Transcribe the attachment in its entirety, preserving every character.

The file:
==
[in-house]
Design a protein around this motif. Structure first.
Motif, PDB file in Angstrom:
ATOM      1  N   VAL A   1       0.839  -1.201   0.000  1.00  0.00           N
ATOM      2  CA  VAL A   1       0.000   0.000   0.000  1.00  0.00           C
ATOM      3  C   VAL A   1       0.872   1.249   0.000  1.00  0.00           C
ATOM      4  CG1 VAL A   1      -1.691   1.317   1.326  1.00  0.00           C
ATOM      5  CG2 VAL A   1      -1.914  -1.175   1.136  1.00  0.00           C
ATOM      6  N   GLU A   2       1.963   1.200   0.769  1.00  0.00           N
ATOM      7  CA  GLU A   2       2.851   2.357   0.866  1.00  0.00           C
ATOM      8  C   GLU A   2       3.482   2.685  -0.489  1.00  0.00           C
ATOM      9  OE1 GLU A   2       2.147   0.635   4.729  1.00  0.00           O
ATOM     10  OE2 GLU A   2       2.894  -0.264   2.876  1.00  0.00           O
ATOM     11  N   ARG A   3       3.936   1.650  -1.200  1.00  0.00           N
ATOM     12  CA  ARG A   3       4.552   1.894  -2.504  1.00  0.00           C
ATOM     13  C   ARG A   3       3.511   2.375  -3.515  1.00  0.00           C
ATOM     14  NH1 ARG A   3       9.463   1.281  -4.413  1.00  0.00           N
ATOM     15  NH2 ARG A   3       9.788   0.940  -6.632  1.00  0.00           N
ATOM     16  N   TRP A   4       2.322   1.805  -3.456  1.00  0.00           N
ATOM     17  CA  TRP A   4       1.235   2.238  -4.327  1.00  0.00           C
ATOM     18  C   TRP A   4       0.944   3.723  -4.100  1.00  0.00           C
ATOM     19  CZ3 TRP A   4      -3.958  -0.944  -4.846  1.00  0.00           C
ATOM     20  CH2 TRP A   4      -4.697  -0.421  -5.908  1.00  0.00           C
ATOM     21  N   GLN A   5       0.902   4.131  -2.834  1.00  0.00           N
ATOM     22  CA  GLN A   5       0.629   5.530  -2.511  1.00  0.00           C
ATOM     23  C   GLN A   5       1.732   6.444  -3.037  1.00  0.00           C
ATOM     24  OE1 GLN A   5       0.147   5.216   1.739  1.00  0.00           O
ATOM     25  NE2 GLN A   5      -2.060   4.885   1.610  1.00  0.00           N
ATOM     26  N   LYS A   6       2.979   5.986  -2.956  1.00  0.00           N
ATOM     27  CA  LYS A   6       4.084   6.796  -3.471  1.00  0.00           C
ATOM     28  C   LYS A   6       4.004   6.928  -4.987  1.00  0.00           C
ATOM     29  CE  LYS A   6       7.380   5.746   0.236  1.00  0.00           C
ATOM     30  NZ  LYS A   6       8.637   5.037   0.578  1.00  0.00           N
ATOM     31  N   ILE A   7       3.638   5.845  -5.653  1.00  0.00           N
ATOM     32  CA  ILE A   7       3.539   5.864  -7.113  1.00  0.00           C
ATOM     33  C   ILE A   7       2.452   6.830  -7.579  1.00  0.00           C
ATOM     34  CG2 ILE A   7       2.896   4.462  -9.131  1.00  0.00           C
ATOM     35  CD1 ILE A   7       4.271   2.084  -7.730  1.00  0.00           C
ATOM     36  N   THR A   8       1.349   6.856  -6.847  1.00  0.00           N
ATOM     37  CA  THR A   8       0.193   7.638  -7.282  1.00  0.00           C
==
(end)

[in-house]
Design a protein around this motif. Structure first.
Motif, PDB file in Angstrom:
ATOM      1  N   VAL A   1       0.839  -1.201   0.000  1.00  0.00           N
ATOM      2  CA  VAL A   1       0.000   0.000   0.000  1.00  0.00           C
ATOM      3  C   VAL A   1       0.872   1.249   0.000  1.00  0.00           C
ATOM      4  CG1 VAL A   1      -1.691   1.317   1.326  1.00  0.00           C
ATOM      5  CG2 VAL A   1      -1.914  -1.175   1.136  1.00  0.00           C
ATOM      6  N   GLU A   2       1.963   1.200   0.769  1.00  0.00           N
ATOM      7  CA  GLU A   2       2.851   2.357   0.866  1.00  0.00           C
ATOM      8  C   GLU A   2       3.482   2.685  -0.489  1.00  0.00           C
ATOM      9  OE1 GLU A   2       2.147   0.635   4.729  1.00  0.00           O
ATOM     10  OE2 GLU A   2       2.894  -0.264   2.876  1.00  0.00           O
ATOM     11  N   ARG A   3       3.936   1.650  -1.200  1.00  0.00           N
ATOM     12  CA  ARG A   3       4.552   1.894  -2.504  1.00  0.00           C
ATOM     13  C   ARG A   3       3.511   2.375  -3.515  1.00  0.00           C
ATOM     14  NH1 ARG A   3       9.463   1.281  -4.413  1.00  0.00           N
ATOM     15  NH2 ARG A   3       9.788   0.940  -6.632  1.00  0.00           N
ATOM     16  N   TRP A   4       2.322   1.805  -3.456  1.00  0.00           N
ATOM     17  CA  TRP A   4       1.235   2.238  -4.327  1.00  0.00           C
ATOM     18  C   TRP A   4       0.944   3.723  -4.100  1.00  0.00           C
ATOM     19  CZ3 TRP A   4      -3.958  -0.944  -4.846  1.00  0.00           C
ATOM     20  CH2 TRP A   4      -4.697  -0.421  -5.908  1.00  0.00           C
ATOM     21  N   GLN A   5       0.902   4.131  -2.834  1.00  0.00           N
ATOM     22  CA  GLN A   5       0.629   5.530  -2.511  1.00  0.00           C
ATOM     23  C   GLN A   5       1.732   6.444  -3.037  1.00  0.00           C
ATOM     24  OE1 GLN A   5       0.147   5.216   1.739  1.00  0.00           O
ATOM     25  NE2 GLN A   5      -2.060   4.885   1.610  1.00  0.00           N
ATOM     26  N   LYS A   6       2.979   5.986  -2.956  1.00  0.00           N
ATOM     27  CA  LYS A   6       4.084   6.796  -3.471  1.00  0.00           C
ATOM     28  C   LYS A   6       4.004   6.928  -4.987  1.00  0.00           C
ATOM     29  CE  LYS A   6       7.380   5.746   0.236  1.00  0.00           C
ATOM     30  NZ  LYS A   6       8.637   5.037   0.578  1.00  0.00           N
ATOM     31  N   ILE A   7       3.638   5.845  -5.653  1.00  0.00           N
ATOM     32  CA  ILE A   7       3.539   5.864  -7.113  1.00  0.00           C
ATOM     33  C   ILE A   7       2.452   6.830  -7.579  1.00  0.00           C
ATOM     34  CG2 ILE A   7       2.896   4.462  -9.131  1.00  0.00           C
ATOM     35  CD1 ILE A   7       4.271   2.084  -7.730  1.00  0.00           C
ATOM     36  N   THR A   8       1.349   6.856  -6.847  1.00  0.00           N
ATOM     37  CA  THR A   8       0.193   7.638  -7.282  1.00  0.00           C